Tiger states: Singapore renounces crypto regulation, Korea renounces openness

The Southeast Asian tiger states are keeping a close eye on crypto currencies, but from different angles, as this week’s latest news proves once again. While Singapore’s highest financial supervisory authority is initially refraining from regulating crypto currencies, South Korea is confirming its sceptical tone. The central bank of the country does not want to recognize crypto currencies as official means of payment.

In the course of the seemingly steadily rising Bitcoin exchange rate and despite increasing state regulation, crypto currencies are gaining in economic importance every day, especially in the Asian region. The largest part of the capital mass is traded here and converted, this betrays the view of the market.

By definition, however, the crypto currencies elude state control and supervision – to the complete concern of some states and the local matador China, for example. Fearing this, the Middle Kingdom had put on hard bandages against crypto currencies last September, closed stock exchanges and banned new crypto currencies, so-called ICOs. In contrast, other countries such as Japan rely entirely on the potential of digital means of payment and accept Bitcoin as their official currency.

The range of government responses to the crypto boom in the Asian economic area is reflected in this week’s news – partly optimistic, partly sceptical – in the Southeast Asian tiger states of Singapore and Korea.

Singapore: No basis for Bitcoin formula

China’s southern neighbour, the island state of Singapore, is less worried this week: in an interview with the American business news channel Bloomberg, Ravi Menon, the director of Singapore’s central bank, stressed on Monday that Singapore had its eyes firmly on the review about the Bitcoin formula but did not want to regulate them for the time being.

“It is well known that Bitcoin formula and crypto currencies are often misused for illegal financial purposes. That’s why we want anti-money laundering controls,” explained Menon. However, there is no need for financial regulation.

According to Menon, it would rather be the aim of Singapore’s financial supervisory authority to establish legal framework conditions for intermediaries and barter exchanges, for example. This is intended to prevent digital money laundering.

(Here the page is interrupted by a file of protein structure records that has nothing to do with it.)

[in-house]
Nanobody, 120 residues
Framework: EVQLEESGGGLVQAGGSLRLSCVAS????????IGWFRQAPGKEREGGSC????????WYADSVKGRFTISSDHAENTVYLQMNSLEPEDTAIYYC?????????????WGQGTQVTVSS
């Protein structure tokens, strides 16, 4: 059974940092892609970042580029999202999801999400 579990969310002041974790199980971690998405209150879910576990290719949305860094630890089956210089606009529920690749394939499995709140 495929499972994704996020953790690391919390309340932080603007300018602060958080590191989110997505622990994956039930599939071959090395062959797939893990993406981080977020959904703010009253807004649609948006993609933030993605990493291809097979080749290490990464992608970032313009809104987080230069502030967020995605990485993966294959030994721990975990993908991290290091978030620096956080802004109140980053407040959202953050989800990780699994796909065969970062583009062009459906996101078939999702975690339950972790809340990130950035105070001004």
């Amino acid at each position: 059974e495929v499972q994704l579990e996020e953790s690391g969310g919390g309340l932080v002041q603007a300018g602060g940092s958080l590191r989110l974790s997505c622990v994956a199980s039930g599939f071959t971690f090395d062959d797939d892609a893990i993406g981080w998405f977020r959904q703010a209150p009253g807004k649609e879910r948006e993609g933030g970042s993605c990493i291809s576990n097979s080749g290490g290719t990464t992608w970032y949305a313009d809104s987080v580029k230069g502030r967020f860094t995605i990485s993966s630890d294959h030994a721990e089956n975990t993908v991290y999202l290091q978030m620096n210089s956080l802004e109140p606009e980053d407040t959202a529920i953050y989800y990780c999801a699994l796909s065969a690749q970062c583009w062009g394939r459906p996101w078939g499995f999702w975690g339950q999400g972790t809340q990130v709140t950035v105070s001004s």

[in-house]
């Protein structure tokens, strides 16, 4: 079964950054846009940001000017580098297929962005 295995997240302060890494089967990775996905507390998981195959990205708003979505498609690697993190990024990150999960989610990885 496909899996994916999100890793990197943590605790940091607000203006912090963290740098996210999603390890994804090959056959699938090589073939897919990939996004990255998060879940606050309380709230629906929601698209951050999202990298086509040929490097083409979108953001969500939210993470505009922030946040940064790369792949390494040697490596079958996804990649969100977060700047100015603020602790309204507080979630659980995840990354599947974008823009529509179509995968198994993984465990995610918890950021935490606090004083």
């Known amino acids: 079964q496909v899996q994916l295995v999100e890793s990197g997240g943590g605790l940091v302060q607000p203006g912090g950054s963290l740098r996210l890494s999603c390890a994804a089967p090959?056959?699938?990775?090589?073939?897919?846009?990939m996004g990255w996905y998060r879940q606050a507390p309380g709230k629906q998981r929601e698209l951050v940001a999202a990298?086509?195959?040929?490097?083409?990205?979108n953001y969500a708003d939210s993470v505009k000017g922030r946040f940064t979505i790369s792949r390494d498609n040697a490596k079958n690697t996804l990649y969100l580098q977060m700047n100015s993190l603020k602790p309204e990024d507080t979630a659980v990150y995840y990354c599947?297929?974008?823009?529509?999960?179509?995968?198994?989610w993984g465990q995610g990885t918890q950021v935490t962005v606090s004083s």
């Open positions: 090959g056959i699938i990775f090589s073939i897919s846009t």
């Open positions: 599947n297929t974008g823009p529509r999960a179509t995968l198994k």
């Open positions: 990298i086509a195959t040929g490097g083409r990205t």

As BTC-ECHO reports, several states this week had expressed criticism of the money laundering potential of crypto currencies. For example, the US drug agency DEA and the Central Bank of the United Arab Emirates share Singapore’s concerns.

In general, Menon confirmed the island state’s open course towards crypto currencies in an interview. As Coindesk reports, Finance Minister Tharman Shanmugaratnam only made it clear at the beginning of the month that Singapore had its eyes on their possibilities, but no intention of regulating the digital currencies.

South Korea: Crypto currencies are raw materials for Bitcoin trader

A look at South Korea, however, shows that such an open central bank course does not dominate the picture everywhere. This week, for example, completely different tones were heard from the Bitcoin trader of the supreme financial authorities of China’s eastern neighbour: According to the Korean news service Seoul Yonhap-News and Coindesk, Korea’s central bank director Lee Ju-yeol, in an official assessment to the country’s parliament, underscored Korea’s refusal to accept crypto currencies as a scam of payment.

Crypto currencies are a commodity, not a legal currency. Lee Ju-yeol told the deputies that this would allow their further regulation.

With this estimate the authority confirms its skeptical course opposite crypto currencies. In recent months, it has significantly intensified its regulatory efforts and banned Initial Coin Offerings (ICOs) in September, for example, like China.

In his assessment, Lee Ju-yeol stressed that, similar to Sweden, more research is needed in the area of virtual currencies. With this, crypto investors can continue to hope. The rejection of the Korean central bank does not seem to represent a complete rejection of the potential of digital means of payment.